Using a Base-Ten Blocks Learning/Teaching Approach for First- and Second-Grade Place-Value and
Multidigit Addition and Subtraction Author(s): Karen C. Fuson and Diane J. Briars Source: Journal for Research in Mathematics Education, Vol. 21, No. 3 (May, 1990), pp. 180206 Published by: National Council of Teachers of Mathematics Stable URL: http://www.jstor.org/stable/749373 . Accessed: 12/03/2011 14:28
Your use of the JSTOR archive indicates your acceptance of JSTOR's Terms and Conditions of Use, available at . http://www.jstor.org/page/info/about/policies/terms.jsp. JSTOR's Terms and Conditions of Use provides, in part, that unless you have obtained prior permission, you may not download an entire issue of a journal or multiple copies of articles, and you may use content in the JSTOR archive only for your personal, non-commercial use. Please contact the publisher regarding any further use of this work. Publisher contact information may be obtained at . http://www.jstor.org/action/showPublisher?publisherCode=nctm. . Each copy of any part of a JSTOR transmission must contain the same copyright notice that appears on the screen or printed page of such transmission. JSTOR is a not-for-profit service that helps scholars, researchers, and students discover, use, and build upon a wide range of content in a trusted digital archive. We use information technology and tools to increase productivity and facilitate new forms of scholarship. For more information about JSTOR, please contact email@example.com.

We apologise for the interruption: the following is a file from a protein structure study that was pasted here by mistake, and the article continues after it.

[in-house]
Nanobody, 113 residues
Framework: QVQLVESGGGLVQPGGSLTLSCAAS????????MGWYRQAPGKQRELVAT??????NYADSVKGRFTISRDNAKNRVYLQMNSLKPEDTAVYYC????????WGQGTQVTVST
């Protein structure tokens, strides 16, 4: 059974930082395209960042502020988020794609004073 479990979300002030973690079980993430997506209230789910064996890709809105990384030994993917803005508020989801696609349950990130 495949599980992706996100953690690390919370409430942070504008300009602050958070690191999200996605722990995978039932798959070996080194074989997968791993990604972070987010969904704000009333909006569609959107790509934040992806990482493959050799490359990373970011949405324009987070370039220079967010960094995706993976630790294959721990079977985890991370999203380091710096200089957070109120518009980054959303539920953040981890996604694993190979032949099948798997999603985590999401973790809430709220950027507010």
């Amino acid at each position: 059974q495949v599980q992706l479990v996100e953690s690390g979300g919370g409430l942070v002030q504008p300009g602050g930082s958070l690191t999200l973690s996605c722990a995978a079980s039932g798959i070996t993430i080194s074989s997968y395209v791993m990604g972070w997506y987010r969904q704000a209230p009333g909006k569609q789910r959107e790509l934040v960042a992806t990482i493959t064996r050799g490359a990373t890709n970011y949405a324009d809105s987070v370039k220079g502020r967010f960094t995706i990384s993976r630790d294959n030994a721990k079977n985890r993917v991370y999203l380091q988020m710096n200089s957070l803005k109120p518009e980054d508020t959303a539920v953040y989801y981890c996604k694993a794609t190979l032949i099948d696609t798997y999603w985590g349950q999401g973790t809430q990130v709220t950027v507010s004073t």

National Council of Teachers of Mathematics is collaborating with JSTOR to digitize, preserve and extend access to Journal for Research in Mathematics Education.
Journalfor Researchin MathematicsEducation 1990, Vol. 21, No. 3, 180-206
USING A BASE-TEN BLOCKS LEARNING/ TEACHINGAPPROACHFOR FIRST- AND SECOND-GRADEPLACE-VALUEAND MULTIDIGIT ADDITION AND SUBTRACTION
KAREN C. FUSON, NorthwesternUniversity DIANE J. BRIARS, PittsburghPublic Schools